Rob Portman

Would the constitutional amendment banning gay marriage passed by an overwhelming majority of Ohioans in 2004 pass if it were on the ballot today?
 

We may soon find out.


We went through an entire presidential election cycle with barely a peep from the candidates on social issues such as gay marriage.


Now, though, the debate over gay marriage is front and center in Ohio.

Michael Keating

 Gay rights at the forefront the past several days as Senator Rob Portman announced he was no longer opposed to gay marriage and several Cincinnati Council members decided to boycott the Saint Patrick's Day Parade when a Gay rights group was not allowed to participate.  WVXU political reporter Howard Wilkinson talks with Maryanne Zeleznik about what it all means politically. 

Official Portrait

CNN is reporting Sen. Rob Portman of Ohio now supports gay marriage.  Portman says he's had a change of heart since learning one of his sons is gay.  See the story here. 

In an editorial in the Columbus Dispatch, Portman writes:

Michael E. Keating

A liberal group, Moveon.org, is running a cable TV ad in Ohio critical of the National Rifle Association (NRA) - one that is clearly aimed at putting pressure on Ohio's junior senator, Republican Rob Portman, according to the Huffington Post.  

The ad features an Ohio resident, Jerry Thompson  - a gun owner and Moveon.org member - saying that after the NRA's "disgusting response" to the the Sandy Hook Elementary School shootings, "I've had enough."

Politico.com reported today that Ohio's junior senator, Rob Portman, is interested in chairing the National Republican Senatorial Comm

ittee (NRSC) in the 2014 campaign cycle.

The website cited two unnamed sources "familiar with his thinking" who said Portman - who was on the short list of potential running mates for GOP nominee Mitt Romney - is considering running for the NRSC job. Portman - who campaigned hard for Romney throughout Ohio - has said nothing on the subject.

Cincinnati Fire Department officials estimated the crowd at Jet Machine at about 4,000.

Most were in the warehouse where Romney is to speak momentarily; others were in an overflow room next door.

Sen. Rob Portman, who was considered as Romney's running mate, is introducing Romney to the crowd now.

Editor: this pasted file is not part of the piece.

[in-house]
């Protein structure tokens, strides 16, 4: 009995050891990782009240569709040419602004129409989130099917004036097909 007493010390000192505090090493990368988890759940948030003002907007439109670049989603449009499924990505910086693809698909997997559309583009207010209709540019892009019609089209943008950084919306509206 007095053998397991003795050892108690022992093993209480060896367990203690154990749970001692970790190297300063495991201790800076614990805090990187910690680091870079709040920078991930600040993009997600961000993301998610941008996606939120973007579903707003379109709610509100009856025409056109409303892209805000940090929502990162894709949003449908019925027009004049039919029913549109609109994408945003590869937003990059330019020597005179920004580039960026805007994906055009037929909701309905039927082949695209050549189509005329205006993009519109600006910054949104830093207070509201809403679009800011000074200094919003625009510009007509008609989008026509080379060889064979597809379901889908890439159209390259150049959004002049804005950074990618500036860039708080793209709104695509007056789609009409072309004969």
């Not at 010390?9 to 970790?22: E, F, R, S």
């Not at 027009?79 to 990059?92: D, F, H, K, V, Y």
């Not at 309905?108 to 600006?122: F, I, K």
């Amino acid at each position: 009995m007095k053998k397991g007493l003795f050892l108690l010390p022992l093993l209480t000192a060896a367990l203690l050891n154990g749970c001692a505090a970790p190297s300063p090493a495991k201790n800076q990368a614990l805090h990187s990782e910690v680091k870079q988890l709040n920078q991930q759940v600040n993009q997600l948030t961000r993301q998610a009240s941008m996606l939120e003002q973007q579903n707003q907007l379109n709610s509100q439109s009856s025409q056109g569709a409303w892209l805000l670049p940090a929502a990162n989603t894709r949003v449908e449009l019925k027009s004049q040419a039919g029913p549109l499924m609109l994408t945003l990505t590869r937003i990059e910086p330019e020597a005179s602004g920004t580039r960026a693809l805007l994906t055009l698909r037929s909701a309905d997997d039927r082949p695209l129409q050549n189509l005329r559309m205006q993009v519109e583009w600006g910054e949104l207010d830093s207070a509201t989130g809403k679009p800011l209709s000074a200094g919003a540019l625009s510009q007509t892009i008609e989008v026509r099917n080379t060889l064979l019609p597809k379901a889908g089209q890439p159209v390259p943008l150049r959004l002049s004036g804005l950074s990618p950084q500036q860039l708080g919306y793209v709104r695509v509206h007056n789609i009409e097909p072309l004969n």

Portman made a pitch for early voting.

"They're open for business now,'' Portman said. "What do you say that after this, we all get in our cars and go down to Broadway (the location of county board of elections) and cast our ballots."  

Official Portrait

Senator Rob Portman says the attacks in Libya and Egypt are heartbreaking reminders that we live in a very dangerous world and need to remain vigilant.  During a conference call with reporters today, Portman said those responsible should be pursued.     

"We need to go after the perpetrators and hold them responsible.  The government of Egypt and the government of Libya need to ensure that these folks are held acountable," said Portman.  "They also need to do a better job of protecting American soil, just as we protect their embassies in the United States."

Presidential candidate Mitt Romney chose the battleground state of Ohio and the City of Cincinnati as his first political stop after the Republican National Convention.

More than 3,000 people crammed into the Cincinnati Museum Center to hear a message of hope. Mitt Romney didn't disappoint them.

"America's going to come roaring back. A better future is ahead. It's out there waiting for us. Our families deserve it. Our children demand it. The peace of the planet depends upon it."

Ohio's delegation to the Republican National Convention - set to begin Monday at the Tampa Bay Times Forum in downtown Tampa - is already gathering in the city on the bay, hoping for a convention that will give its presidential candidate, Mitt Romney, a bounce in the polls.


They're also hoping to stave off disaster - natural disaster, in this case, which is entirely possible given the fact that Tropical Storm Isaac could be at hurricane status by the time it passes by the Tampa Bay area in the Gulf of Mexico, probably on Monday.

Ohio Sen. Rob Portman won't be the vice presidential candidate nominated at next week's Republican National Convention in Tampa, but he will be one of the opening acts Wednesday for the man who is to be number two on the GOP ticket, Wisconsin Rep. Paul Ryan.

Portman is scheduled to speak to the convention at the Tampa Bay Times Forum in Tampa Wednesday night, during prime time, and just after former Florida governor Jeb Bush.

Following Portman to the podium will be Columbus business owner Steve Cohen of Screen Machine Industries.

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